Some will complain the church should discourage the governor from reopening so rapidly. Others will complain the governor has flexed too much authority and wish the church would somehow stand up to the governor. Perhaps a case can be made that churches should not be opened or that too much executive authority has been exercised. As always, we confess the Lordship of Jesus over all, and we encourage an engaged citizenry to debate such questions, but the church is not going to assume authority not rightfully its own. Kevin DeYoung has helpfully written about how the right answers in this pandemic are not obvious now, even if someday it becomes clear what those answers are or should have been. Especially in such uncertain times, the church should work with leaders in civil government who are better equipped with necessary information to help the society flourish. As Romans 13 reminds us, it is for conscience sake and to avoid God’s wrath that we submit ourselves to the governing authorities the Lord has given to be servants for our good. In so doing, we seek the welfare of our great state.

Whatever people’s personal opinions may be, Indiana’s governor and his team are trusting church leaders to be responsible and care for their own as the elders of the church lead the people together to the throne of grace. The church will lead the state on its knees as a “control group” to see what reopening looks like and perhaps how the virus spreads. We know the virus is still with us, and we know it will spread. It may be that it spreads such that worship and other activities need to be scaled back again for a season. Someone must take the lead; churches are being trusted to do just that.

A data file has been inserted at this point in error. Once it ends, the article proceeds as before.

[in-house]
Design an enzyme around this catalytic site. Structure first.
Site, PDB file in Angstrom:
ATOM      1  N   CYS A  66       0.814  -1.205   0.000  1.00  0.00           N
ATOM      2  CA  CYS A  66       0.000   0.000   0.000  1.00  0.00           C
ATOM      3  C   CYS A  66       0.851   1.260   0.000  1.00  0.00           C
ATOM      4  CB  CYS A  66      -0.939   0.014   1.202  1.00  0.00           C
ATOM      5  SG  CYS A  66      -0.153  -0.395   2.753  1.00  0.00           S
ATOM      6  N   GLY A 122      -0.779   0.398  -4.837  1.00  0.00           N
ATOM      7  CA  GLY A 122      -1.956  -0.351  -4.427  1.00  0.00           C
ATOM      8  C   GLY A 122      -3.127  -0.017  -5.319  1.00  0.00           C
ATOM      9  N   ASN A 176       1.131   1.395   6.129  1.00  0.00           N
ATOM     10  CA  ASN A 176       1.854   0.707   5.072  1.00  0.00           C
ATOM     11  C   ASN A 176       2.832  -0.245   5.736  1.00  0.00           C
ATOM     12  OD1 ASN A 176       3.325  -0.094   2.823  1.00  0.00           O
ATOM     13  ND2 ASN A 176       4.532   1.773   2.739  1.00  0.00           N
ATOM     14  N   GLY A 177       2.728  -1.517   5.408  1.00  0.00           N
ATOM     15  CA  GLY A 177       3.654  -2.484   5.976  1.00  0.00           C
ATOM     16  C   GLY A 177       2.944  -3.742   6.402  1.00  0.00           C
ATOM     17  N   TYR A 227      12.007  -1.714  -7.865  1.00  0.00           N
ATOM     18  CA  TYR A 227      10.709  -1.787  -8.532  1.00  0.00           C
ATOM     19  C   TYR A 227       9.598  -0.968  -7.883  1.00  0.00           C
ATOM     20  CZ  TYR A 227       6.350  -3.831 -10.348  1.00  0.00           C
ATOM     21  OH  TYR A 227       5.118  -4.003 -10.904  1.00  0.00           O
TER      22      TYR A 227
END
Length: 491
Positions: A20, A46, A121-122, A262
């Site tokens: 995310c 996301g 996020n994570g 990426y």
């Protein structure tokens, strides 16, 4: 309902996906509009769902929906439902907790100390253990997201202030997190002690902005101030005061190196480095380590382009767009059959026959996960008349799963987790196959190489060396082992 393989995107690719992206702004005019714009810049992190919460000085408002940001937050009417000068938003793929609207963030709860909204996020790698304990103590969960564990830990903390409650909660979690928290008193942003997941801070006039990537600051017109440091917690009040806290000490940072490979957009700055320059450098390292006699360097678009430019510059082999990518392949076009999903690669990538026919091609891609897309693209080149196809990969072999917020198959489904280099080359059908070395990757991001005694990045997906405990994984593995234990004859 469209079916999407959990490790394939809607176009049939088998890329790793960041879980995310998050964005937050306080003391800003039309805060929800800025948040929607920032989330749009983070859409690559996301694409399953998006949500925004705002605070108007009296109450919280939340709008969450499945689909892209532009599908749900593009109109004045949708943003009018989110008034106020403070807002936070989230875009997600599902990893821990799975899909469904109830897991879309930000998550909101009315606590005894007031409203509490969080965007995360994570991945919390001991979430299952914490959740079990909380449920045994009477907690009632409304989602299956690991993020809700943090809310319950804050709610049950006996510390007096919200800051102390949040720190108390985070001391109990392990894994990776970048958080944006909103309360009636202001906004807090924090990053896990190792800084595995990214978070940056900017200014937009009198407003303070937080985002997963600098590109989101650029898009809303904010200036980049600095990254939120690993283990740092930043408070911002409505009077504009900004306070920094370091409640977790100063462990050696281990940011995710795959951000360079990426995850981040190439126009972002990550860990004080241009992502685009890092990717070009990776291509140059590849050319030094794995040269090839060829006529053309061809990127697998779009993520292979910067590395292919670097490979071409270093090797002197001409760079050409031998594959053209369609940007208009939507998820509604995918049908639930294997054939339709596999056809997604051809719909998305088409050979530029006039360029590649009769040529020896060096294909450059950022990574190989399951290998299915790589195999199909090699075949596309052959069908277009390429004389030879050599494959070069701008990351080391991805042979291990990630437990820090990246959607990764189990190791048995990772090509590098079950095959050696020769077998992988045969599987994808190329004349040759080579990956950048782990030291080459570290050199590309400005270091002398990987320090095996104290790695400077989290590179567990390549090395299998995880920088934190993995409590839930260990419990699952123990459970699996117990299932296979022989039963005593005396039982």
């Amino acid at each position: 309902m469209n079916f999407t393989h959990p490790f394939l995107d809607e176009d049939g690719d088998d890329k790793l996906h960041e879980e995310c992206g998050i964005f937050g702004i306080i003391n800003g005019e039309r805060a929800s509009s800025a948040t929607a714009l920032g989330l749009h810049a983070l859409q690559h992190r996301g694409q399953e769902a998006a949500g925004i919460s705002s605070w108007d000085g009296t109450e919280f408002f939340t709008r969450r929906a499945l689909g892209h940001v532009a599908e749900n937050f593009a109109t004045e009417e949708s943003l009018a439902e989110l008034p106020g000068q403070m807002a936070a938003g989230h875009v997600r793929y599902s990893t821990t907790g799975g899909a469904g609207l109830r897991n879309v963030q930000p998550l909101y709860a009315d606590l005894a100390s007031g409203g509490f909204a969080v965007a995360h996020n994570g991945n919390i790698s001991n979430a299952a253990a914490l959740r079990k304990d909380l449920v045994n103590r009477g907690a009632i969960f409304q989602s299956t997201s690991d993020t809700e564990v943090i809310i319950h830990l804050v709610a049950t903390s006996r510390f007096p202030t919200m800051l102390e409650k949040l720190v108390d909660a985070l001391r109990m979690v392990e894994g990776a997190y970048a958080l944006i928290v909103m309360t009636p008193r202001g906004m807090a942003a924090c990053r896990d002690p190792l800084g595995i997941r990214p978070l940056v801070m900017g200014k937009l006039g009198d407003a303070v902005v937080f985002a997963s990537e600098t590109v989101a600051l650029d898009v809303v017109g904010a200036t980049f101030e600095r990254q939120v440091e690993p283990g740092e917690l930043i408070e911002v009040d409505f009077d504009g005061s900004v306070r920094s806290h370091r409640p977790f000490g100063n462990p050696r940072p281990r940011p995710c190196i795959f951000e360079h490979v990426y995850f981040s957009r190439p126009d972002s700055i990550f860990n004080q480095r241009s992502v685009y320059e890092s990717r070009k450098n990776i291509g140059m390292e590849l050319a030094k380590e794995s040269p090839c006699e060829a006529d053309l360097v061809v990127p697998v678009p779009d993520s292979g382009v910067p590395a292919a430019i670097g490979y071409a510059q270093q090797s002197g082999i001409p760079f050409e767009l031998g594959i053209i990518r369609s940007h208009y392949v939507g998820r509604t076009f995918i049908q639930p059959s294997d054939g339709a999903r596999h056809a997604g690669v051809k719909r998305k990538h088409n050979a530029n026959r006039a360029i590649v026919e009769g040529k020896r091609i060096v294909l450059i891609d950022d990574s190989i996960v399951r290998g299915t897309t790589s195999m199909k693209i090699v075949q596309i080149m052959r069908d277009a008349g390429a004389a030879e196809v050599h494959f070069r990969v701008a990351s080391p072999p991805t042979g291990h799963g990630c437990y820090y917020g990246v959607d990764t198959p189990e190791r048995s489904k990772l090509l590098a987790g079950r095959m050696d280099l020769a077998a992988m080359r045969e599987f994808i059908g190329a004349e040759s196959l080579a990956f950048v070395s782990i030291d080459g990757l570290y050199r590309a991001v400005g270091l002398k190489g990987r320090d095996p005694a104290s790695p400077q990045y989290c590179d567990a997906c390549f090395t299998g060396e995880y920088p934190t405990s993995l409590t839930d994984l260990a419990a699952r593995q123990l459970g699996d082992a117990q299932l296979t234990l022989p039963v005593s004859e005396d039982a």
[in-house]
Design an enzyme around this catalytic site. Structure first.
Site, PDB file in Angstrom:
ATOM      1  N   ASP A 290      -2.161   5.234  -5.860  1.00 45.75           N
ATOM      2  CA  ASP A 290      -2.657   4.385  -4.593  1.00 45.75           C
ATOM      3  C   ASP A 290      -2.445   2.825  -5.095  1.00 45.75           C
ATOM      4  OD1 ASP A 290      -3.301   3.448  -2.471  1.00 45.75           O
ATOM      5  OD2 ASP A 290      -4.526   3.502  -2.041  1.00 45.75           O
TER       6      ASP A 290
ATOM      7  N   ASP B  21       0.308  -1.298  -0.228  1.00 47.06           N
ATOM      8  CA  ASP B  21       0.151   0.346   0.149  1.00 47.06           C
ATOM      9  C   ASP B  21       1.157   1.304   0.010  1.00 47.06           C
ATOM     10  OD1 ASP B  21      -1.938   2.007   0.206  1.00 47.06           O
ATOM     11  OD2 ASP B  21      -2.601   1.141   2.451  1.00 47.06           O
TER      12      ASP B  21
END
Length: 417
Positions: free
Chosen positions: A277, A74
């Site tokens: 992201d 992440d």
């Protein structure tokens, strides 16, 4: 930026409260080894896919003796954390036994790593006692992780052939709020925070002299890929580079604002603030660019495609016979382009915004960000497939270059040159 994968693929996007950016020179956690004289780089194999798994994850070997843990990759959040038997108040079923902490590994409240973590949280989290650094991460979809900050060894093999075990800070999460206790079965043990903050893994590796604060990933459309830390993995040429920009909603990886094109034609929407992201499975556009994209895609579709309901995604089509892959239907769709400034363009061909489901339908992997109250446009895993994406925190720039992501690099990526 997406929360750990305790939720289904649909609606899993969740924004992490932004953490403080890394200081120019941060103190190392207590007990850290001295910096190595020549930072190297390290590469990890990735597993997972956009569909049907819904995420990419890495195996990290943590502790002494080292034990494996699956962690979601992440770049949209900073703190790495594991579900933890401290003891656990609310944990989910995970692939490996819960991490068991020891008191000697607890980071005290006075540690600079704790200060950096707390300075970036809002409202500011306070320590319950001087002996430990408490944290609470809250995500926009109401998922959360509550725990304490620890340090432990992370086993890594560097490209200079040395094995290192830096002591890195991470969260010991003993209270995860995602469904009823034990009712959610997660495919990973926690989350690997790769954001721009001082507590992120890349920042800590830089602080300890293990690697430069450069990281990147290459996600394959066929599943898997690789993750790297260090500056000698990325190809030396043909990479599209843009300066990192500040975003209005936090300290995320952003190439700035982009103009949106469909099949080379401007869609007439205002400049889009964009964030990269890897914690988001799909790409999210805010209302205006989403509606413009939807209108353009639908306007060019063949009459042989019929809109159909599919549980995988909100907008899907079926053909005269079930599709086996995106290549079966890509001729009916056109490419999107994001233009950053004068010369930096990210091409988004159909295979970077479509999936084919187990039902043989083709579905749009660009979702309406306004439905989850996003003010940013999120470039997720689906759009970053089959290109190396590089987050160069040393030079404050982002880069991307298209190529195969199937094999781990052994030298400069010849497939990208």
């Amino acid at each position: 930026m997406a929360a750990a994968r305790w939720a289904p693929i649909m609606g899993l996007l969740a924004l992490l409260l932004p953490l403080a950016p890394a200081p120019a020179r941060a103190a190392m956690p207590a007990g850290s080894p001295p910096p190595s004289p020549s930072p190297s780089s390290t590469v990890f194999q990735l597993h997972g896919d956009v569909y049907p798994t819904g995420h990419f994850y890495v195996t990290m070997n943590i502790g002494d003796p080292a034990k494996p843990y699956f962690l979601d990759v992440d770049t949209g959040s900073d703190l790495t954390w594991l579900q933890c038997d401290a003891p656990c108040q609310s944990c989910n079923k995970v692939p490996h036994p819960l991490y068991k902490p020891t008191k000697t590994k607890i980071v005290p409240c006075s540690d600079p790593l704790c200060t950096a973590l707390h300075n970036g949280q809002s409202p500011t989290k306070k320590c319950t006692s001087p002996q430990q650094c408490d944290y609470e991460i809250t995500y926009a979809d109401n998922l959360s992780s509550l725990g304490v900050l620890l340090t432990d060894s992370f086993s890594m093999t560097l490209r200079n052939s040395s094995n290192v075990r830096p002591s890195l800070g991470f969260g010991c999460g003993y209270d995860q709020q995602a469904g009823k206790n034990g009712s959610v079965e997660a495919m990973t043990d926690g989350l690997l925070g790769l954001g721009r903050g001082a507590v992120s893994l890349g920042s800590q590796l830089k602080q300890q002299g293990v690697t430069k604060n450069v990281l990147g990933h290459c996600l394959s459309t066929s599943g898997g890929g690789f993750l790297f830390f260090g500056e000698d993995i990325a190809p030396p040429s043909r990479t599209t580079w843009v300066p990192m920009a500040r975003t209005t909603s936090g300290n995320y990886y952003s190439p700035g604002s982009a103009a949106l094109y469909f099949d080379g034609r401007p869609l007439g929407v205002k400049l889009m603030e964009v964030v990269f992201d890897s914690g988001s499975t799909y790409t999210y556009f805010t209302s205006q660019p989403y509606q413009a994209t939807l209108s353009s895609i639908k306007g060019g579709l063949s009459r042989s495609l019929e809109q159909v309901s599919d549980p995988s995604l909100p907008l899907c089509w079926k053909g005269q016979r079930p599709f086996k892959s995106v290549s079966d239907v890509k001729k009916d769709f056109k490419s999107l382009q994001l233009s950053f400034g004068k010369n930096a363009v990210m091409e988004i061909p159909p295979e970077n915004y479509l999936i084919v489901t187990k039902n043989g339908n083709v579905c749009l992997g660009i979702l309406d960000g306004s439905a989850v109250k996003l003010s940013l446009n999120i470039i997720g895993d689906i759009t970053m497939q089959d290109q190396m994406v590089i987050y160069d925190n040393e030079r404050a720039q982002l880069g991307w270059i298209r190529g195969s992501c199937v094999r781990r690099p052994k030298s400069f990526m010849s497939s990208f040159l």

By stepping up to the challenge, the body of Christ will be in the spotlight. Jesus is using the coronavirus in Indiana to turn the eyes of the whole state to his bride. Will she show herself to be a body that does everything decently and in order? If so, the Lord may bless the governor’s desire in reopening and churches will “prove we can do this” responsibly in other parts of society too. Inevitably, we won’t do everything perfectly. There could be COVID-19 outbreak even as we seek to do all things well. But, at least we will have acquitted ourselves well, and we will walk by faith through sickness and even death if need be. More than any other organization, the church is equipped with the knowledge of God and of his word to deal with the risks of life and reality of death. We constantly remember Jesus Christ risen from the dead.